Posted 3 days ago | By Pat Heery
Because this is a pandemic-shortened season with plenty of COVID-19 and contract-tracing absences, and because there will be a Play-In Tournament in each conference for the seven-, eight-, nine- and 10-seeds, fewer teams than usual have crossed over into the trade deadline “seller” threshold. Thus, it doesn’t look like there will be any blockbuster trades or fire sales where one of the lower-tiered teams sells off most of its assets to jumpstart a rebuild. However, this is the NBA after all, and everything could change with one small domino fall – like if Bradley Beal decides he wants out of Washington.
To get you ready for trade season, here’s a guide to how each team should approach this year’s trade deadline on March 25th.
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Focus: Depth at forward
The Celtics would obviously love to go superstar hunting and go after someone like Bradley Beal (Wizards). However, unlike the past half-decade, there’s a number of other teams who could potentially outbid them for a superstar (unless they were willing to part ways with Jaylen Brown). Therefore, Boston will probably try to make some key moves around the edges to acquire another starting-caliber forward. Thad Young (Bulls), PJ Tucker (Rockets), and Harrison Barnes (Kings) would all be ideal targets and should be available for the right price.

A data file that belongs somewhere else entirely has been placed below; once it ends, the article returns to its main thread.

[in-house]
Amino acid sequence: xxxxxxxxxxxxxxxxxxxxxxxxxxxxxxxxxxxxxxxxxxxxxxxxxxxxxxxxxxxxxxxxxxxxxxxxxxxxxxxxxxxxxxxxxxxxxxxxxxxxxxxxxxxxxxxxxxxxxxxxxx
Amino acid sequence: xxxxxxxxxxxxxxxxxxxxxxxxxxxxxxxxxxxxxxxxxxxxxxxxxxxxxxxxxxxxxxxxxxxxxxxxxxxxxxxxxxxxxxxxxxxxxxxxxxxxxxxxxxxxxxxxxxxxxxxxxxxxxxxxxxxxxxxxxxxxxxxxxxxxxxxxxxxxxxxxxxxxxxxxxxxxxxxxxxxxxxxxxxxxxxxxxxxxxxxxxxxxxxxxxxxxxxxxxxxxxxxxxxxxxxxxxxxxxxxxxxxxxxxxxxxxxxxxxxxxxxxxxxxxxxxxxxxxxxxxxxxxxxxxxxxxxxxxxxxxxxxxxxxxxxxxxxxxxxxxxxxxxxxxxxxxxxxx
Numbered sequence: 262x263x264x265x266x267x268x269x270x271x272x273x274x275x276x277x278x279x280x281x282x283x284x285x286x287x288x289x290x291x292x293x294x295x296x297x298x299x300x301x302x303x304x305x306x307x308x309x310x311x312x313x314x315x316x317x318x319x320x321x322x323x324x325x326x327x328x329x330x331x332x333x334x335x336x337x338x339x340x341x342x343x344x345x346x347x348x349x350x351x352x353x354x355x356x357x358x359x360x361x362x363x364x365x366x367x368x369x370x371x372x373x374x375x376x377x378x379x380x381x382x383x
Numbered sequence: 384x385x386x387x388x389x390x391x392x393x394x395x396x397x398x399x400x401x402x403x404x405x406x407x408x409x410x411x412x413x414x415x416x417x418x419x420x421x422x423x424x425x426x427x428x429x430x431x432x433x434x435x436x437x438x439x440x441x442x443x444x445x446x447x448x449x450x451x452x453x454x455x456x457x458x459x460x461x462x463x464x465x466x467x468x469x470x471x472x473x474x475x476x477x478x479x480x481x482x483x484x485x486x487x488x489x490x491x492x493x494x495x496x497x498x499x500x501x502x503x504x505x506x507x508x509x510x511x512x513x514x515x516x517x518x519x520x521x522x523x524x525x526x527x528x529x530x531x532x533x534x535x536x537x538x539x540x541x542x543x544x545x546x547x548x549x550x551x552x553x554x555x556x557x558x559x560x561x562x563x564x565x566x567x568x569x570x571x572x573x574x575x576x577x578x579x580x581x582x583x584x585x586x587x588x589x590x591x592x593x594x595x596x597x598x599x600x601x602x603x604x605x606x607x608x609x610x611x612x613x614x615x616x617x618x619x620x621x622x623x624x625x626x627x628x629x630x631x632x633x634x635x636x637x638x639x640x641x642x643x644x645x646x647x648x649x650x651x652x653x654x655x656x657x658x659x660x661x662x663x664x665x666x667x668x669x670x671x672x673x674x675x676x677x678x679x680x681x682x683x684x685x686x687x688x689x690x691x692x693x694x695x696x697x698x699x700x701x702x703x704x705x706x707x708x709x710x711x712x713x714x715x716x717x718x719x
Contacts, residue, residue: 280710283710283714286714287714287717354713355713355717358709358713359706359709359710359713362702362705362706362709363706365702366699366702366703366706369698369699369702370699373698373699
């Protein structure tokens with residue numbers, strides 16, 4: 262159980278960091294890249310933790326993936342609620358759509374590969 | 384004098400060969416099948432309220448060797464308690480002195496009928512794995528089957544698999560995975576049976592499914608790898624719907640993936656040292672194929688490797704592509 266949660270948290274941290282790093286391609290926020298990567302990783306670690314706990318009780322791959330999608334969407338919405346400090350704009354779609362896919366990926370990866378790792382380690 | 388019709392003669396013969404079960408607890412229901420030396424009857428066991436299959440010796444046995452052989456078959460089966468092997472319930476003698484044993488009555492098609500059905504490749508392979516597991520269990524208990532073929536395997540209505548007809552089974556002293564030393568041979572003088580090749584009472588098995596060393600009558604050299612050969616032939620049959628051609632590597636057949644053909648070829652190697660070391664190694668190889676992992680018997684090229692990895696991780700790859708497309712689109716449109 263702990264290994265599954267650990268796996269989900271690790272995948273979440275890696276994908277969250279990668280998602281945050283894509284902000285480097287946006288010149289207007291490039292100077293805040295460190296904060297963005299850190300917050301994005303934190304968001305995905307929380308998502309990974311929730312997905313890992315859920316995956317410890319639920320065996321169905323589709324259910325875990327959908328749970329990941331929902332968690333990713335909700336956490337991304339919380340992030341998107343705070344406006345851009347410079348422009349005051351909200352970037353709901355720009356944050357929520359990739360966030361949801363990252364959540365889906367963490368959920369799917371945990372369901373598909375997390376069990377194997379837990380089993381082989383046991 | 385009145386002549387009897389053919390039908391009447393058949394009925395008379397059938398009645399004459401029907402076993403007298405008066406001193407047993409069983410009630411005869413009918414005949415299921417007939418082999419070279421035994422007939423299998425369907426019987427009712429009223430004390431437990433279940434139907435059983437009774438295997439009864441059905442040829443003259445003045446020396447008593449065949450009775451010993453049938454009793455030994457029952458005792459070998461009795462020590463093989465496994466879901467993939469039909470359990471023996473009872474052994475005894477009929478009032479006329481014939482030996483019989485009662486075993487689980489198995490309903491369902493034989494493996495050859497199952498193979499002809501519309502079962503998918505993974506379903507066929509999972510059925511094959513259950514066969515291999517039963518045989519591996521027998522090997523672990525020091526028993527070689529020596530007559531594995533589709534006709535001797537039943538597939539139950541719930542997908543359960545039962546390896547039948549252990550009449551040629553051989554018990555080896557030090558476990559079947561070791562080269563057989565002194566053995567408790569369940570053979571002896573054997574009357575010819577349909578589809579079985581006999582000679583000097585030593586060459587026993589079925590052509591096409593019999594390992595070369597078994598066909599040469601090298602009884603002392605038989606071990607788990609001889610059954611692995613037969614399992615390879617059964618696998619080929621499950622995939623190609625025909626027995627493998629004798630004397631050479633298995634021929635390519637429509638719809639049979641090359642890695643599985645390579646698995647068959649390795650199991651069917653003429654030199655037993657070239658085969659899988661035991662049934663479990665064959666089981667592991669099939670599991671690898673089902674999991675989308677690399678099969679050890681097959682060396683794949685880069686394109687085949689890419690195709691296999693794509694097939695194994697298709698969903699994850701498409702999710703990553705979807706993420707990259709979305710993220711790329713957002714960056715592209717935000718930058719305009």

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Focus: Defense, defense, defense
It doesn’t take a rocket scientist to figure out what the Nets’ focus should be this deadline. On one end, they’re on pace to have the highest offensive rating in NBA history. On the other end of the court, they have the 25th-rated defense in the league. If Brooklyn can play competent defense this postseason, they could win the title. If they don’t improve, players like Giannis Antetokounmpo and Joel Embiid will eat them alive in the playoffs. Look for them to try to land a rim protector on the cheap like Andre Drummond (Cavs) as well as another defense-focused forward like PJ Tucker (Rockets).
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New York Knicks
Focus: Shooters that can defend well enough to play for Coach Thibs
The Knicks (18-18, fifth in the East) are the feel-good story of the league so far. That being said, they’re a very unbalanced team with the second-best defensive rating and the 23rd-best offensive rating. In a league that has increased reliance on three-pointers, the Knicks rank second-last in three-point attempts (27.8) and three-point makes (10.4) per game. That isn’t going to cut it late in the season or in the playoffs. Look for New York to try to add a three-and-D wing at the deadline – perhaps they could even bring back former Knick, Wayne Ellington (Pistons).
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